Functional Neuroanatomy and Sleep-Disordered Breathing: Implications for Autonomic Regulation

Authors

  • Ronald M. Harper,

    Corresponding author
    1. Department of Neurobiology, David Geffen School of Medicine at UCLA, University of California at Los Angeles, Los Angeles, California
    2. Brain Research Institute, University of California at Los Angeles, Los Angeles, California
    • Department of Neurobiology, David Geffen School of Medicine at UCLA, University of California at Los Angeles, Los Angeles, CA
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    • Fax: 310-825-2224.

  • Rajesh Kumar,

    1. Department of Neurobiology, David Geffen School of Medicine at UCLA, University of California at Los Angeles, Los Angeles, California
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  • Paul M. Macey,

    1. Brain Research Institute, University of California at Los Angeles, Los Angeles, California
    2. UCLA School of Nursing, University of California at Los Angeles, Los Angeles, California
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  • Jennifer A. Ogren,

    1. UCLA School of Nursing, University of California at Los Angeles, Los Angeles, California
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  • Heidi L. Richardson

    1. Department of Neurobiology, David Geffen School of Medicine at UCLA, University of California at Los Angeles, Los Angeles, California
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Abstract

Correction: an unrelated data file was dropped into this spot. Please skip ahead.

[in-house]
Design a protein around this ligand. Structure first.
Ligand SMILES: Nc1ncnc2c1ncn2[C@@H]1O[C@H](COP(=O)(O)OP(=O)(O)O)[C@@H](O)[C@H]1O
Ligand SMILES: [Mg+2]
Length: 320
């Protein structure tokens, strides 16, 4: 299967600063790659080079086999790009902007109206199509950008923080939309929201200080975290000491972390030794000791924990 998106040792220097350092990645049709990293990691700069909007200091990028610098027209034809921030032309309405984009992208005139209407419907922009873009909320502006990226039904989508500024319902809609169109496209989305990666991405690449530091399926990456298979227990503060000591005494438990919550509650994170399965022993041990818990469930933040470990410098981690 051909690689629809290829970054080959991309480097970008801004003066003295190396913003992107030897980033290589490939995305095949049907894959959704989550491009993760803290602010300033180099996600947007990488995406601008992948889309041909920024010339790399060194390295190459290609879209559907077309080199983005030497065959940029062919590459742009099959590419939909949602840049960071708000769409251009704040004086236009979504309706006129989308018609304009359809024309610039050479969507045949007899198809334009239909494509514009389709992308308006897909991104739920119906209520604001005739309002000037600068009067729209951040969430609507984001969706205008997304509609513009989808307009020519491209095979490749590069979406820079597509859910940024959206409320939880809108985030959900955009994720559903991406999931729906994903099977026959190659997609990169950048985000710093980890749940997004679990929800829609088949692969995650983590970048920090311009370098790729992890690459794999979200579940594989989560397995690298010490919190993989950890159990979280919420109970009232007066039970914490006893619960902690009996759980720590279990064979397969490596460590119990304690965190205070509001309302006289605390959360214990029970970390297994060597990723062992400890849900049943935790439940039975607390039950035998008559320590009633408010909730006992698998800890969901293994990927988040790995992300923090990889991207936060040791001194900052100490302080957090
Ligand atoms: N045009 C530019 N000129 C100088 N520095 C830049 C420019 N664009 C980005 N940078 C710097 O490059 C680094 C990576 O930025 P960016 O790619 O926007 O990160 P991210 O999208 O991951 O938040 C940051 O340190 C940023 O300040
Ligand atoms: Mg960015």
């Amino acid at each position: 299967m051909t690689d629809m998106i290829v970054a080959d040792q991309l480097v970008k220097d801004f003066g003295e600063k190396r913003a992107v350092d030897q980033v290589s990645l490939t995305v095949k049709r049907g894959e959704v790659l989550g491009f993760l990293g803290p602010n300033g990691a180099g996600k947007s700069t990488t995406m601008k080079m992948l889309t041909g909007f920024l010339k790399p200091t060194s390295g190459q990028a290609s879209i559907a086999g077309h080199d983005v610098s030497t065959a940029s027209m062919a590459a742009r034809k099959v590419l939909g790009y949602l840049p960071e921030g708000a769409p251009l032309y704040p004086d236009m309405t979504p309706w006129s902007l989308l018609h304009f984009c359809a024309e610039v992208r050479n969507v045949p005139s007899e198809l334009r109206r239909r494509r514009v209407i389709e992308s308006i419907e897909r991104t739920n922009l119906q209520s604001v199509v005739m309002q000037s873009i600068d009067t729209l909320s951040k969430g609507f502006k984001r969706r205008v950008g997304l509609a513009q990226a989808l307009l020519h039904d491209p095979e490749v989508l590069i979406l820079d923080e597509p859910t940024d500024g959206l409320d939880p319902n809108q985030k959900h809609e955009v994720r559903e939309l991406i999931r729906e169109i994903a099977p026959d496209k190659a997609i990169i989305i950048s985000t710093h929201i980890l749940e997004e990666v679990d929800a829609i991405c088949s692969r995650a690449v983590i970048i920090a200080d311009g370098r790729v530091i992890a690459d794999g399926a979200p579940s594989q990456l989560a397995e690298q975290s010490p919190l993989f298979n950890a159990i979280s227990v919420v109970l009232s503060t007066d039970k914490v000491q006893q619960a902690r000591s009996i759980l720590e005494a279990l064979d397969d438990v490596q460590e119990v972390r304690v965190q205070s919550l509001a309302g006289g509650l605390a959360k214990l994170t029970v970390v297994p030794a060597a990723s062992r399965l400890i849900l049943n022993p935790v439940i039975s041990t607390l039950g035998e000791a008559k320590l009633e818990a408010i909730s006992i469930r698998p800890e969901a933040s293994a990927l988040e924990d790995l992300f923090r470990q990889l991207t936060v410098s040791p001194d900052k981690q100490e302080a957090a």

A major concern with sleep-disordered breathing conditions, which include obstructive sleep apnea (OSA), central apnea, and congenital central hypoventilation syndrome (CCHS), is the high incidence of accompanying autonomic dysfunction and metabolic disorders. Patients with OSA show exaggerated sympathetic tone, leading to hypertension, cardiac arrhythmia, profuse sweating, impaired cerebral perfusion, and stroke. In addition, OSA appears in 86% of obese Type II diabetic patients, suggesting common deleterious processes. Autonomic deficiencies also appear in CCHS patients, who are often hypoglycemic. The impaired autonomic control may stem from injury to central sympathetic and parasympathetic regulatory areas resulting from apnea-related inflammation, hypoxia, or perfusion-related consequences in OSA, and genetic mutation repercussions in CCHS. Disturbed sleep organization from apnea arousals may also disrupt hormonal release. Brain areas affected in both OSA and CCHS include cortical and limbic regions that influence hypothalamic-regulated sympathetic control and hormone release, essential for glycemic regulation, as well as parasympathetic nuclei influencing the pancreas and other viscera, and raphé serotonergic sites, important for thermal and vascular regulation. Brain injury and altered functional responses appear in OSA and CCHS, assessed with magnetic resonance imaging techniques, in areas which show regional gray matter loss, alterations of free water within tissue, loss of axonal integrity, and disruption of functional responses to autonomic and ventilatory challenges. Evaluation of neural injury and distortion in functional signals to autonomic challenges in localized brain areas can provide insights into common pathological mechanisms for dysregulation of hormonal release and autonomic processes in sleep-disordered breathing and metabolic disorders. Anat Rec, 2012. © 2012 Wiley Periodicals, Inc.

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